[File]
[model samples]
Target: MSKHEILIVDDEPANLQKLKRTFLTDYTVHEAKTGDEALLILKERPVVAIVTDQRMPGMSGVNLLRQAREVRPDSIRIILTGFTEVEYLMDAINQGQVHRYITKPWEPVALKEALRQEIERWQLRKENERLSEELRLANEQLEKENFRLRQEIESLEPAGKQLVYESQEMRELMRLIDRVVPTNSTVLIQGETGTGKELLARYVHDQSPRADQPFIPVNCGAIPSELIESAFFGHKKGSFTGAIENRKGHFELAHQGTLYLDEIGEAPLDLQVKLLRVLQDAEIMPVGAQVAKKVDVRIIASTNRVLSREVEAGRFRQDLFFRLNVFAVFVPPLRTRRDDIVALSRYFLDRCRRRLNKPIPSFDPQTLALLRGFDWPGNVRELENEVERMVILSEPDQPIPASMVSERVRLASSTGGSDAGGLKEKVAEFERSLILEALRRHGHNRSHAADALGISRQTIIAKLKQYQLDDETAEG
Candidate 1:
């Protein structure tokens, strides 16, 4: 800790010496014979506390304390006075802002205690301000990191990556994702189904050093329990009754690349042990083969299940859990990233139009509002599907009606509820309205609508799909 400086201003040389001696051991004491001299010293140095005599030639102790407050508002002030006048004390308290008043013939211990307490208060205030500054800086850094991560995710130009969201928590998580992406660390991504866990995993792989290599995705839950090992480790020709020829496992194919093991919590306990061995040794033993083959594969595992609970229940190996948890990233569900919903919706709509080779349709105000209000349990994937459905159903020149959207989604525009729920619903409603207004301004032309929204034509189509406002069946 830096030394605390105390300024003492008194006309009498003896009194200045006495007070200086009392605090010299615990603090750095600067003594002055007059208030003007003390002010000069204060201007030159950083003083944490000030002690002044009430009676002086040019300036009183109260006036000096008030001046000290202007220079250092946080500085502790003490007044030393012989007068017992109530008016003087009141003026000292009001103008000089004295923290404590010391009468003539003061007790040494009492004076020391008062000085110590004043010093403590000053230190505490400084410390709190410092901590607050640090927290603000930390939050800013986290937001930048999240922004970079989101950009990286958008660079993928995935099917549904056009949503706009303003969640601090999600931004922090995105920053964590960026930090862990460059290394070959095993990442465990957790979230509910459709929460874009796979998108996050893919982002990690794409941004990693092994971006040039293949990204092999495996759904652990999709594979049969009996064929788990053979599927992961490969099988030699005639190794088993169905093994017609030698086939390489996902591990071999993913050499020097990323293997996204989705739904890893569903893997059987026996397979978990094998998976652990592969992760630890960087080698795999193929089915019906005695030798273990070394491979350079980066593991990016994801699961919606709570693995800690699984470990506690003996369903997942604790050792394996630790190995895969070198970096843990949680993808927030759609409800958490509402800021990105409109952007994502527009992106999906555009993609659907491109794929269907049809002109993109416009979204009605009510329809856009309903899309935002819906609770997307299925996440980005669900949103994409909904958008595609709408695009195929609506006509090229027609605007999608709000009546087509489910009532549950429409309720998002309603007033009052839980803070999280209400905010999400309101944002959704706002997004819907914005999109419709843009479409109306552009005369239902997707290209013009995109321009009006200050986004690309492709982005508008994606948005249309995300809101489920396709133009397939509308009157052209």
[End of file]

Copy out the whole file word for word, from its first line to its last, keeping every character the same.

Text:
[model samples]
Target: MSKHEILIVDDEPANLQKLKRTFLTDYTVHEAKTGDEALLILKERPVVAIVTDQRMPGMSGVNLLRQAREVRPDSIRIILTGFTEVEYLMDAINQGQVHRYITKPWEPVALKEALRQEIERWQLRKENERLSEELRLANEQLEKENFRLRQEIESLEPAGKQLVYESQEMRELMRLIDRVVPTNSTVLIQGETGTGKELLARYVHDQSPRADQPFIPVNCGAIPSELIESAFFGHKKGSFTGAIENRKGHFELAHQGTLYLDEIGEAPLDLQVKLLRVLQDAEIMPVGAQVAKKVDVRIIASTNRVLSREVEAGRFRQDLFFRLNVFAVFVPPLRTRRDDIVALSRYFLDRCRRRLNKPIPSFDPQTLALLRGFDWPGNVRELENEVERMVILSEPDQPIPASMVSERVRLASSTGGSDAGGLKEKVAEFERSLILEALRRHGHNRSHAADALGISRQTIIAKLKQYQLDDETAEG
Candidate 1:
């Protein structure tokens, strides 16, 4: 800790010496014979506390304390006075802002205690301000990191990556994702189904050093329990009754690349042990083969299940859990990233139009509002599907009606509820309205609508799909 400086201003040389001696051991004491001299010293140095005599030639102790407050508002002030006048004390308290008043013939211990307490208060205030500054800086850094991560995710130009969201928590998580992406660390991504866990995993792989290599995705839950090992480790020709020829496992194919093991919590306990061995040794033993083959594969595992609970229940190996948890990233569900919903919706709509080779349709105000209000349990994937459905159903020149959207989604525009729920619903409603207004301004032309929204034509189509406002069946 830096030394605390105390300024003492008194006309009498003896009194200045006495007070200086009392605090010299615990603090750095600067003594002055007059208030003007003390002010000069204060201007030159950083003083944490000030002690002044009430009676002086040019300036009183109260006036000096008030001046000290202007220079250092946080500085502790003490007044030393012989007068017992109530008016003087009141003026000292009001103008000089004295923290404590010391009468003539003061007790040494009492004076020391008062000085110590004043010093403590000053230190505490400084410390709190410092901590607050640090927290603000930390939050800013986290937001930048999240922004970079989101950009990286958008660079993928995935099917549904056009949503706009303003969640601090999600931004922090995105920053964590960026930090862990460059290394070959095993990442465990957790979230509910459709929460874009796979998108996050893919982002990690794409941004990693092994971006040039293949990204092999495996759904652990999709594979049969009996064929788990053979599927992961490969099988030699005639190794088993169905093994017609030698086939390489996902591990071999993913050499020097990323293997996204989705739904890893569903893997059987026996397979978990094998998976652990592969992760630890960087080698795999193929089915019906005695030798273990070394491979350079980066593991990016994801699961919606709570693995800690699984470990506690003996369903997942604790050792394996630790190995895969070198970096843990949680993808927030759609409800958490509402800021990105409109952007994502527009992106999906555009993609659907491109794929269907049809002109993109416009979204009605009510329809856009309903899309935002819906609770997307299925996440980005669900949103994409909904958008595609709408695009195929609506006509090229027609605007999608709000009546087509489910009532549950429409309720998002309603007033009052839980803070999280209400905010999400309101944002959704706002997004819907914005999109419709843009479409109306552009005369239902997707290209013009995109321009009006200050986004690309492709982005508008994606948005249309995300809101489920396709133009397939509308009157052209």